With that being said, despite the UK’s perpetually lower ranking, what is one thing that the United Kingdom has that Norway is perhaps missing?

“Using the best of its foreign nationals’ food and cultures. Norway could do so much more to explore different foods, cultures, music… There’s very little to be found if you are looking for something ‘else.’ 

“We seem to be stuck with one bad Chinese takeaway, one non-authentic Italian place, and some other ‘modern’ version of Asian cuisine. But we really lack good foreign cooking – and we lack markets, festivals… They aren’t well promoted when they do take place, and there aren’t many available.”

Moving to another country involves a complex multivariate consideration, but, if asked for a yes or no: would you recommend living in Norway to people from back home?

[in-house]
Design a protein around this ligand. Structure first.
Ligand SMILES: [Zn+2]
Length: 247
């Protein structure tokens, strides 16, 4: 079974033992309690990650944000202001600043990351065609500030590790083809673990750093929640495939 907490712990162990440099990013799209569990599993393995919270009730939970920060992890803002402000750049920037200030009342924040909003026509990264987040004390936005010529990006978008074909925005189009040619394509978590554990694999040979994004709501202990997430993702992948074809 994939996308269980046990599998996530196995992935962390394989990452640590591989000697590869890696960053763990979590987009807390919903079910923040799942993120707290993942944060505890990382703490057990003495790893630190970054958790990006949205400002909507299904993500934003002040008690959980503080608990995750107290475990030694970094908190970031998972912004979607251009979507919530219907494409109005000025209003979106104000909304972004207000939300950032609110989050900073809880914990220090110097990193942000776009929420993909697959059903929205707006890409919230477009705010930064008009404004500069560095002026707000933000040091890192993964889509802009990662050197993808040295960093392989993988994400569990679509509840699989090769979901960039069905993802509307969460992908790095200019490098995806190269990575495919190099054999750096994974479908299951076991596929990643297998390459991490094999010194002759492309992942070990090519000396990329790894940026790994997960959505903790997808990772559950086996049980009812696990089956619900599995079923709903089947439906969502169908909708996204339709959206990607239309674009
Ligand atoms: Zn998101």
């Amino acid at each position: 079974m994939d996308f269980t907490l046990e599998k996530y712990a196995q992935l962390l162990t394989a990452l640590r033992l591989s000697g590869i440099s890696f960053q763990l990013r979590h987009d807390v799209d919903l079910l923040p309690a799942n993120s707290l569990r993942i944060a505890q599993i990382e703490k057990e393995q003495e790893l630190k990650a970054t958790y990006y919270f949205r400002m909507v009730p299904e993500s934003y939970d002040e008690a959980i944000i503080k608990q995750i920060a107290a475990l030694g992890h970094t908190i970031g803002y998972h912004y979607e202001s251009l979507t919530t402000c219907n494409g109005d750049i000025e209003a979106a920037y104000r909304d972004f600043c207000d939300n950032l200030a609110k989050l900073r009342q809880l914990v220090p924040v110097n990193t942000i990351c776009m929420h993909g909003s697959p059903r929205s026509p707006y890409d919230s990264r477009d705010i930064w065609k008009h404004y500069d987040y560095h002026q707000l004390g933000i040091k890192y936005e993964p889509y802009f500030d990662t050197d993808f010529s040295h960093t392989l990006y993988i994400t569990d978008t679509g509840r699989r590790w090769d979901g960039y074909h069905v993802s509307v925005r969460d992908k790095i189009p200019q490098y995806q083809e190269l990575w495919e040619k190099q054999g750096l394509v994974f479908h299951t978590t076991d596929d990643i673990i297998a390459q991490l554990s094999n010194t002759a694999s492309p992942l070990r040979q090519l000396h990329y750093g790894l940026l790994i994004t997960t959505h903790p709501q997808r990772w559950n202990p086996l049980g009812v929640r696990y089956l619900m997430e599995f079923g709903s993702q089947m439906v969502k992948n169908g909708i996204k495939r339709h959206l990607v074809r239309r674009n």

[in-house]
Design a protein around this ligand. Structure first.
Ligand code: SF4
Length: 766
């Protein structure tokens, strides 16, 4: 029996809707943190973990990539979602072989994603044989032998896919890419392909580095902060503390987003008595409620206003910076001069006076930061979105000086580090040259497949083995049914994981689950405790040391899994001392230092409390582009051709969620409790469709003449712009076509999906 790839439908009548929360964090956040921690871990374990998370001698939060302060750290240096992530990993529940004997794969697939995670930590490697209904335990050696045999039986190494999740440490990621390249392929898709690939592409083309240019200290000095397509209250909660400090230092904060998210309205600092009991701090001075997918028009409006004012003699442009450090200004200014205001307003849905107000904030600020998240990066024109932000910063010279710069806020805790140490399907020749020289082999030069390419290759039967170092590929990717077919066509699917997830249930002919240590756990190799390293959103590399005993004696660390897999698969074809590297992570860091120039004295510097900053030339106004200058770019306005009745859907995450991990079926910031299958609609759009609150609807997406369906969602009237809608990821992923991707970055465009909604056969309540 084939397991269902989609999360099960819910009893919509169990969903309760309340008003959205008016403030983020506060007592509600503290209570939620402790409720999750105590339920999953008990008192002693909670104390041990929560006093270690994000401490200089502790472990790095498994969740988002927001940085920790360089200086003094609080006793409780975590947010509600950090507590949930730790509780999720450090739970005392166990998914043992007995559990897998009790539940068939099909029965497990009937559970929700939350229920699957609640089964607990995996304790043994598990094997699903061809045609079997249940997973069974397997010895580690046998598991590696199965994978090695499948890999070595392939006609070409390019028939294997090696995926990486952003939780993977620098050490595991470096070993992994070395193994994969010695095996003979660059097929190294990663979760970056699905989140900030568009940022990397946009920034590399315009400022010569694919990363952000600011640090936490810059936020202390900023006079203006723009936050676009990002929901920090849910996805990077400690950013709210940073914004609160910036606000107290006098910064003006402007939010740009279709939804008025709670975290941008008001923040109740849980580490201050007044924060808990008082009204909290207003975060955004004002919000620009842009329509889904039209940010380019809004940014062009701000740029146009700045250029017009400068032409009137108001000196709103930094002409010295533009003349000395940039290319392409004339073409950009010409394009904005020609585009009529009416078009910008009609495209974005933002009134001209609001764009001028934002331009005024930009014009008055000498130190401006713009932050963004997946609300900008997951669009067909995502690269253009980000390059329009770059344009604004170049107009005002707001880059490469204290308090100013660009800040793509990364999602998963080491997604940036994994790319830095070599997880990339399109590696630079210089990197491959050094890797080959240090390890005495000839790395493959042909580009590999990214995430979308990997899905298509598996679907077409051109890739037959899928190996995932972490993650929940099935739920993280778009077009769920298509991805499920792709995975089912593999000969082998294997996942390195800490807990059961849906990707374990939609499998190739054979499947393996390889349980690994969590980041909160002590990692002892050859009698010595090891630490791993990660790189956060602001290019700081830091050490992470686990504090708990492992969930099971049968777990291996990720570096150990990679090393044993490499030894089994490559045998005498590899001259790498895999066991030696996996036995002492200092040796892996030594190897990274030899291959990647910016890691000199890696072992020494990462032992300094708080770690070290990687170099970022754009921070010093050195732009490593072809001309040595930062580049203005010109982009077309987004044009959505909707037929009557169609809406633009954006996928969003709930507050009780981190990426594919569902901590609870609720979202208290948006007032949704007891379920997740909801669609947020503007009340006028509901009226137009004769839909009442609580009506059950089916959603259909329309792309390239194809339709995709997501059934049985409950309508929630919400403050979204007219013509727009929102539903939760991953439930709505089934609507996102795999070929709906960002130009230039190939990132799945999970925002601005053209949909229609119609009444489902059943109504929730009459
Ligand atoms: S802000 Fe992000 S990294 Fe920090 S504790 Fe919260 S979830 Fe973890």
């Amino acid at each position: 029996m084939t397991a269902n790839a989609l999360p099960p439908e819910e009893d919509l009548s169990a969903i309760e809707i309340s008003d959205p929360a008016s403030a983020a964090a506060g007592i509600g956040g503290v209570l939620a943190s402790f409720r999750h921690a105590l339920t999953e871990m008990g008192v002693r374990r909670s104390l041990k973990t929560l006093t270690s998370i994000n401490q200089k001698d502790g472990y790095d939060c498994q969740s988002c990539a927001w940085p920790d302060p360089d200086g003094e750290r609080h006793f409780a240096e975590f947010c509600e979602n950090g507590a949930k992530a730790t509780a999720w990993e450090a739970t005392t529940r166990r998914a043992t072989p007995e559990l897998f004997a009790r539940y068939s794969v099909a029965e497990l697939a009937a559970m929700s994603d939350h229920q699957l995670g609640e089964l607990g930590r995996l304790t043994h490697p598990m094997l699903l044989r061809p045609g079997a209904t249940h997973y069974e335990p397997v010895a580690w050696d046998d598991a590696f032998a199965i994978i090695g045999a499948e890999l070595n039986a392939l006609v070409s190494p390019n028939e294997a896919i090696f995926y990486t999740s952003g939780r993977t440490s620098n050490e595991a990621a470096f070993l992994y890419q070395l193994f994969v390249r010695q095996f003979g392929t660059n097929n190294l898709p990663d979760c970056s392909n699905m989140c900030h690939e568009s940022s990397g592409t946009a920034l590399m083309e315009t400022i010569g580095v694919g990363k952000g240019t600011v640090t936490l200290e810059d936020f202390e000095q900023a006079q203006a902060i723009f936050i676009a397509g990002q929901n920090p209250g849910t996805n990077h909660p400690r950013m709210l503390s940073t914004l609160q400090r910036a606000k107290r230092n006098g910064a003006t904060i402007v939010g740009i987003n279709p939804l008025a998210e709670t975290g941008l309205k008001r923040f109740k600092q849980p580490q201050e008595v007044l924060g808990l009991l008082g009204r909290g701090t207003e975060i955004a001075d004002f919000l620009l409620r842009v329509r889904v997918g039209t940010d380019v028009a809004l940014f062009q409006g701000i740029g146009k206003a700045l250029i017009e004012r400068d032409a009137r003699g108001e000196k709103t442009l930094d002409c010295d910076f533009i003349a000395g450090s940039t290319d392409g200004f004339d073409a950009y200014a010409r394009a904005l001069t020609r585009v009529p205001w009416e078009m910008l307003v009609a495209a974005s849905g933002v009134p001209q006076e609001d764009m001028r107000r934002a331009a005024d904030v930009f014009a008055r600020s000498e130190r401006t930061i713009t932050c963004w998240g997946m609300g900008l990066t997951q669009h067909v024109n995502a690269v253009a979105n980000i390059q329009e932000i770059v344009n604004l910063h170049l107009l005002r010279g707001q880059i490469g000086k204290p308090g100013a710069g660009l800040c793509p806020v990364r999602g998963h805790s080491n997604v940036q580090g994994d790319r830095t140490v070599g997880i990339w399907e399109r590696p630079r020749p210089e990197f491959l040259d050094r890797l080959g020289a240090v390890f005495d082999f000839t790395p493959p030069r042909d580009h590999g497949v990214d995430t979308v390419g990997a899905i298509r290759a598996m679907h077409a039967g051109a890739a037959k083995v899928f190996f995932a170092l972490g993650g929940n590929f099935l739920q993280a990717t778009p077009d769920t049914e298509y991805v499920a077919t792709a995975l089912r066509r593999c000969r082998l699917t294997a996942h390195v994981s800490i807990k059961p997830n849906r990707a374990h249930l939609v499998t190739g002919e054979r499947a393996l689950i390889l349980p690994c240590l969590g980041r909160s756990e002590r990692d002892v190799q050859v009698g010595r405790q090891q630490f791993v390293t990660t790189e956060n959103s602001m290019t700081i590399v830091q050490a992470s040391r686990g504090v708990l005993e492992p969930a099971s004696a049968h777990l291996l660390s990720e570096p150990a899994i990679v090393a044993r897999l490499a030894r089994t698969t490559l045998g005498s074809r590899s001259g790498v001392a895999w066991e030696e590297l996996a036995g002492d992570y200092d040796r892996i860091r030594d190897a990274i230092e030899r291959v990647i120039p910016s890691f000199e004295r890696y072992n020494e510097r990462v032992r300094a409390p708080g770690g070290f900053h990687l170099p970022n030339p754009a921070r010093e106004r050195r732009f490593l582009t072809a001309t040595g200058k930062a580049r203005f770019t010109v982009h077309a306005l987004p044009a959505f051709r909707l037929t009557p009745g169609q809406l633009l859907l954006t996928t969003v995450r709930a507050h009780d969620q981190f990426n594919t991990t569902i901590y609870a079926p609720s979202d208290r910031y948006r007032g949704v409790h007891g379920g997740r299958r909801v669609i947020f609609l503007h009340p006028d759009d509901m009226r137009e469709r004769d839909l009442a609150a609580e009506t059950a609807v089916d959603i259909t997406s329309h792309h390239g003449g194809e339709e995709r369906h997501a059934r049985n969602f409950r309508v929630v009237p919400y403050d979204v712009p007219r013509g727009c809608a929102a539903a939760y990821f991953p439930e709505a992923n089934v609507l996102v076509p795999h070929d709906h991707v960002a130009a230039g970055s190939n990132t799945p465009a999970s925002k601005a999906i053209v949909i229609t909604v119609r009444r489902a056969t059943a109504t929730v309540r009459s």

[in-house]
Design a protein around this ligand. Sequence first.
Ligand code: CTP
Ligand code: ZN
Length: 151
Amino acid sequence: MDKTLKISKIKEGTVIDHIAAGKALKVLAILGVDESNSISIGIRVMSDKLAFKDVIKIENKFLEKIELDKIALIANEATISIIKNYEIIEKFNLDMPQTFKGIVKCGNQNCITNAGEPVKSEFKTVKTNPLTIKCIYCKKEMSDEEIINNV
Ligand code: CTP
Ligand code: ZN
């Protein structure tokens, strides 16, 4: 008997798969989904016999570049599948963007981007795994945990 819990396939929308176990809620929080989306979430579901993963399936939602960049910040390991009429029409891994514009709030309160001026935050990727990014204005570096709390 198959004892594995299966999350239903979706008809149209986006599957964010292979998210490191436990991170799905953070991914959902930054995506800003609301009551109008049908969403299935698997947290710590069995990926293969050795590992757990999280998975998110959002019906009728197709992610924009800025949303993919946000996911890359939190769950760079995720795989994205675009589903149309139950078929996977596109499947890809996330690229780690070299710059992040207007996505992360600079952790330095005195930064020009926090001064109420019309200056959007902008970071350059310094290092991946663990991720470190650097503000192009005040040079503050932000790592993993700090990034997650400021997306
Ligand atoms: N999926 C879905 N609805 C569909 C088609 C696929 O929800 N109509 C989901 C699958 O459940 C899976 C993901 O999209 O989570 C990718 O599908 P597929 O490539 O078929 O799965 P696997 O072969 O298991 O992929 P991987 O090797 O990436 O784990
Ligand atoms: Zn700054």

“I would say that if you find a job, like nature and walking, being outdoors, and can say farewell to take-aways, eating out a lot, socializing in bars… then Norway is for you. 

“It’s not a party place, but a much more mature, down-to-earth place where you can spend time outdoors in the fresh air. If you are looking for bars, clubs, hanging out with lots of people, then this is not the place for you.”

Our thanks to Jennifer! What can we learn from this?

It seems that in order to enjoy a happy and fulfilling life in Norway, Brits should make an effort to converse in the local language, say goodbye to humorous small talk, and make peace with a quieter lifestyle. 

Source: Norway Today

Advertisements

Be the first to comment on "Language, health, and humor: A Brit’s guide to Norwegian emigration"

Leave a comment

Your email address will not be published.


*